Peruvian socialist Pedro Castillo edged ahead of right-wing rival Keiko Fujimori in the country’s presidential election vote count on Monday, taking a razor-thin but growing lead in the official tally on the back of a late surge of rural votes.
The official count from Sunday’s election showed outsider candidate Castillo with 50.2% and Fujimori on 49.8%, with over 95% of the vote counted. The leftist candidate had trailed overnight, but started to take the lion’s share of ballots as the count progressed to steadily haul himself clear.
Castillo, the son of peasant farmers, has pledged to shake up the Andean nation’s constitution and mining laws, spooking copper producers and local markets, which fell sharply in trading on Monday as he gained in the race.
The tightness of the result could lead to days of uncertainty and tension. The vote underscored a sharp divide between the capital city Lima and the nation’s rural hinterland that has propelled Castillo’s unexpected rise.
“All we want right now is democracy, that everything be democratic. That whoever wins, the other accepts it and doesn’t start any trouble,” said Lili Rocha, a voter in Lima after some scuffles had broken out overnight.
Lucia Dammert, a Peruvian academic based in Chile, predicted that the coming days would be volatile, with potential challenges to the votes, requests for recounts and potential for street protests by supporters of the losing side.
As results trickled in on Sunday evening, 51-year-old Castillo had rallied supporters to “defend the vote” when an exit poll had shown him behind, though he later called for calm.
Fujimori, 46, the daughter of ex-president Alberto Fujimori, who is in prison for human rights abuses and corruption, also appealed for “prudence, calm and peace from both groups.”
Castillo’s Free Peru party said on Twitter that the candidate, who had been in his northern rural home district to vote, had traveled to Lima to “safeguard the will of the people”, though a planned press conference was later called off.
(GRAPHIC – Peru’s knife-edge vote: https://graphics.reuters.com/PERU-ELECTION/jbyprgmnbve/chart.png)
J.P. Morgan said in a note that it could be days before the final outcome of the election was clear, and the two candidates might opt to wait for this process to finish before declaring victory or conceding defeat.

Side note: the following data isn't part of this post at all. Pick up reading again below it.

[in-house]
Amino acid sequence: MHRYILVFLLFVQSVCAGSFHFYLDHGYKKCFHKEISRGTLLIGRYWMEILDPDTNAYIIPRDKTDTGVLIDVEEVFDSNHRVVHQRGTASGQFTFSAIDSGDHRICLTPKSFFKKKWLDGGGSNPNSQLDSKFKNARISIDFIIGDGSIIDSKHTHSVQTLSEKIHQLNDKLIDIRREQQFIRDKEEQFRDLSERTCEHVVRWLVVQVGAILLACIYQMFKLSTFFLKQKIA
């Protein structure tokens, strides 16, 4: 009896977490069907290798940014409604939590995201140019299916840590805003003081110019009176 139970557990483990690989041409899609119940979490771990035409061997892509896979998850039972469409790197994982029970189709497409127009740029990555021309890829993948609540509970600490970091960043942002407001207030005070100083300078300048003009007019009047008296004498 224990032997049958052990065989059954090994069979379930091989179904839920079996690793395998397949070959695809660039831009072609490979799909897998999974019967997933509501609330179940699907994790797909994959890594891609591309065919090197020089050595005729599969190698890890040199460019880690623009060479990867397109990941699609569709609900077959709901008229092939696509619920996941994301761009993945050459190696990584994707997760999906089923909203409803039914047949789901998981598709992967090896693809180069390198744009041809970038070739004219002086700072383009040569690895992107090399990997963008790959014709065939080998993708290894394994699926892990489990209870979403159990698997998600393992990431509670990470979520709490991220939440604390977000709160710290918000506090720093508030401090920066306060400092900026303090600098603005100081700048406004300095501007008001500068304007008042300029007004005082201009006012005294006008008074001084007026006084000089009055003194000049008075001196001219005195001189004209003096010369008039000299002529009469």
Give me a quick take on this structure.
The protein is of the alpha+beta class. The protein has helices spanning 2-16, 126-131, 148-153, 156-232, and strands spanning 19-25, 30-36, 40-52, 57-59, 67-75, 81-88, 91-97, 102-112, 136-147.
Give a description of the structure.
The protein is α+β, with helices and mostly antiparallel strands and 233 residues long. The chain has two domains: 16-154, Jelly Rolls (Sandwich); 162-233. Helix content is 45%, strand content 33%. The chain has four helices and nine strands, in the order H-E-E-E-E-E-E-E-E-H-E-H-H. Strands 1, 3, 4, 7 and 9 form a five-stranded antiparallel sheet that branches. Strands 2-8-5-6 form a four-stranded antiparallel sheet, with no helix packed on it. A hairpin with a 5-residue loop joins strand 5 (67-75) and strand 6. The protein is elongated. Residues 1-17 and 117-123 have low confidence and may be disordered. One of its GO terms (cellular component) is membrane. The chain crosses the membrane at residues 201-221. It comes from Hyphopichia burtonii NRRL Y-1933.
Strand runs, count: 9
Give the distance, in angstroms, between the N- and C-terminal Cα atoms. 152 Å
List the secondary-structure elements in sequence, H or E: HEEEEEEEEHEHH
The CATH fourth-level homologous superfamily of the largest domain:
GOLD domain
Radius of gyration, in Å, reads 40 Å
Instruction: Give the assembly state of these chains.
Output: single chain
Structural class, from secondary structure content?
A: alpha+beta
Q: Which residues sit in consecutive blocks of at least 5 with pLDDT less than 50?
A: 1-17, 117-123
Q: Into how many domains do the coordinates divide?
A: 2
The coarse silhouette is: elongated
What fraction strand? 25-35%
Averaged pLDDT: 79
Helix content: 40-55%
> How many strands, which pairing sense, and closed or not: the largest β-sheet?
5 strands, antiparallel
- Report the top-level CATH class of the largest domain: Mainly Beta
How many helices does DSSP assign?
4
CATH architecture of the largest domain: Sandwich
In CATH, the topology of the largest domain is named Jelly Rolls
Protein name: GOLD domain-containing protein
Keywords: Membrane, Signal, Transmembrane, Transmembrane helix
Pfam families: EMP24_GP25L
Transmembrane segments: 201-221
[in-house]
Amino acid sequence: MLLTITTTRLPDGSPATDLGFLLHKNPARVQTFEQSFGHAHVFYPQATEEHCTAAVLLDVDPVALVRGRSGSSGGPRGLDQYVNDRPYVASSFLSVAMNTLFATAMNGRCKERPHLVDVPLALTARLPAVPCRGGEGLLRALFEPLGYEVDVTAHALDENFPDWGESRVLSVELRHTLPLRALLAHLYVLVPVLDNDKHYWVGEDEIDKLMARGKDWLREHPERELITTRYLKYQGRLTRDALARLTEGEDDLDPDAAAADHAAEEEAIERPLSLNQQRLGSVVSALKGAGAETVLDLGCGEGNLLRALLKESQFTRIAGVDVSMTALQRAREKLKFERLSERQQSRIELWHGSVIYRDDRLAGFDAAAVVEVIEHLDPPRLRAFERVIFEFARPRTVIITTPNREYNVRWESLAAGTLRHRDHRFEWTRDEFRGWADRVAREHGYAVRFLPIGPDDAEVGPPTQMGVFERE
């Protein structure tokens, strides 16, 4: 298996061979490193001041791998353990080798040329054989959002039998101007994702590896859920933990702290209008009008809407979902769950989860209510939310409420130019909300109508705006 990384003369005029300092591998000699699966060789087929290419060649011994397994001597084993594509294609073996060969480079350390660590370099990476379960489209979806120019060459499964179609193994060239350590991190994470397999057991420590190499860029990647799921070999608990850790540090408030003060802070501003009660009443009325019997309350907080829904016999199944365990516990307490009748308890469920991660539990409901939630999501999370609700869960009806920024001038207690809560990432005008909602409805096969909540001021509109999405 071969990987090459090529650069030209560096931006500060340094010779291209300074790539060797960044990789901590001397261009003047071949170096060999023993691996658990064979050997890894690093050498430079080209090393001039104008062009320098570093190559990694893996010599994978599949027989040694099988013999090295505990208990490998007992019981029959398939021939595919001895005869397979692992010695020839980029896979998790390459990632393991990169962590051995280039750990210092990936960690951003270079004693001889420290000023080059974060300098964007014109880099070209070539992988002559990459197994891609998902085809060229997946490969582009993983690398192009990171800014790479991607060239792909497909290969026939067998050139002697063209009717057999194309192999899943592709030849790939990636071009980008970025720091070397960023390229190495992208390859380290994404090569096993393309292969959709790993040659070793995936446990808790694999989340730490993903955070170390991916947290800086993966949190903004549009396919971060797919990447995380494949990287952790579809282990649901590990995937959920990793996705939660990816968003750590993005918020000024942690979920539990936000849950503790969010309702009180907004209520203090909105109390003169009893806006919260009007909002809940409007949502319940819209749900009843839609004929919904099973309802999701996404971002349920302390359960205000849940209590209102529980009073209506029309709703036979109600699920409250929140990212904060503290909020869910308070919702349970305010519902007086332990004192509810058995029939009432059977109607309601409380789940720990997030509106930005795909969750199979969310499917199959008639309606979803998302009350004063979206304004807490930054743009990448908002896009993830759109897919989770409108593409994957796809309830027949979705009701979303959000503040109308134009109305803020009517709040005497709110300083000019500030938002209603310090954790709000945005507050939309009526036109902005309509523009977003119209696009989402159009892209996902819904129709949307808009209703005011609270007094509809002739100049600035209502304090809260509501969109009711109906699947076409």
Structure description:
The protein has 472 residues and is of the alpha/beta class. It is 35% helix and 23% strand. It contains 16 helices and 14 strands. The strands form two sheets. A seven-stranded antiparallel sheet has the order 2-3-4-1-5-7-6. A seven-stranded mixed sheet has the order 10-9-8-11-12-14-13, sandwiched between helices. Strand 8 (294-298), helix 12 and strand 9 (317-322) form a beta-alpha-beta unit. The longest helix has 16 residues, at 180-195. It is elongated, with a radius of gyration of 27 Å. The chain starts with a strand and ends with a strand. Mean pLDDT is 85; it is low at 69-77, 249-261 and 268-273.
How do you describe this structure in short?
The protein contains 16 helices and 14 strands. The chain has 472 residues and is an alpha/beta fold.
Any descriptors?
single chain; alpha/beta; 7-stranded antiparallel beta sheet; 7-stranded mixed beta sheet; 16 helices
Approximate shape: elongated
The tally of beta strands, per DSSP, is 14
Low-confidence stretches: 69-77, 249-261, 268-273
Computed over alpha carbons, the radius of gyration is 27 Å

An unofficial fast count late on Sunday by Ipsos Peru had given Castillo a fractional lead, after an exit poll had said rival Fujimori would eke out a win, leaving the copper-rich country, investors and mining firms guessing.
The latest data showed Fujimori with 8.42 million votes to Castillo’s 8.48 million. The slower-to-count rural vote has helped Castillo’s late charge, though uncounted overseas ballots could still boost Fujimori.
“Unless the too-close-to-call scenario depicted by the quick count proves wrong, we seem poised for a number of days of heightened uncertainty ahead,” J.P. Morgan said.
Castillo’s sudden rise to prominence since winning the first-round vote in April has unnerved markets and spooked mining firms concerned over plans to sharply hike taxes on mineral profits and threats of nationalizations.
Analysts say, however, that whoever wins will have a weakened mandate given the sharp divisions in Peru, and will face a fragmented Congress with no one party holding a majority, potentially stalling any major reforms.
The two candidates pledged vastly different remedies for a country that went through three presidents in a week last year and has suffered a sharp economic slump brought on by the world’s deadliest per capita COVID-19 outbreak.
Fujimori has pledged to follow the free-market model and maintain economic stability in Peru, the world’s second largest copper producer, with a “a mother’s firm hand”.
Castillo, who has become a champion for the poor, has promised to redraft the constitution to strengthen the role of the state and take a larger portion of profits from mining firms.
Street vendor Natalia Flores said she had not voted for either candidate but was hopeful that whoever won would lead the country beyond the recent political turmoil and the pandemic.
“Whoever comes out ahead, I think they’ll have to do a good job because in Peru the issue of the pandemic is terrible for us economically. Work is unstable,” she said.
“Whether it’s Mr. Castillo, or Ms. Keiko (Fujimori), I hope they do a good job over the next five years.”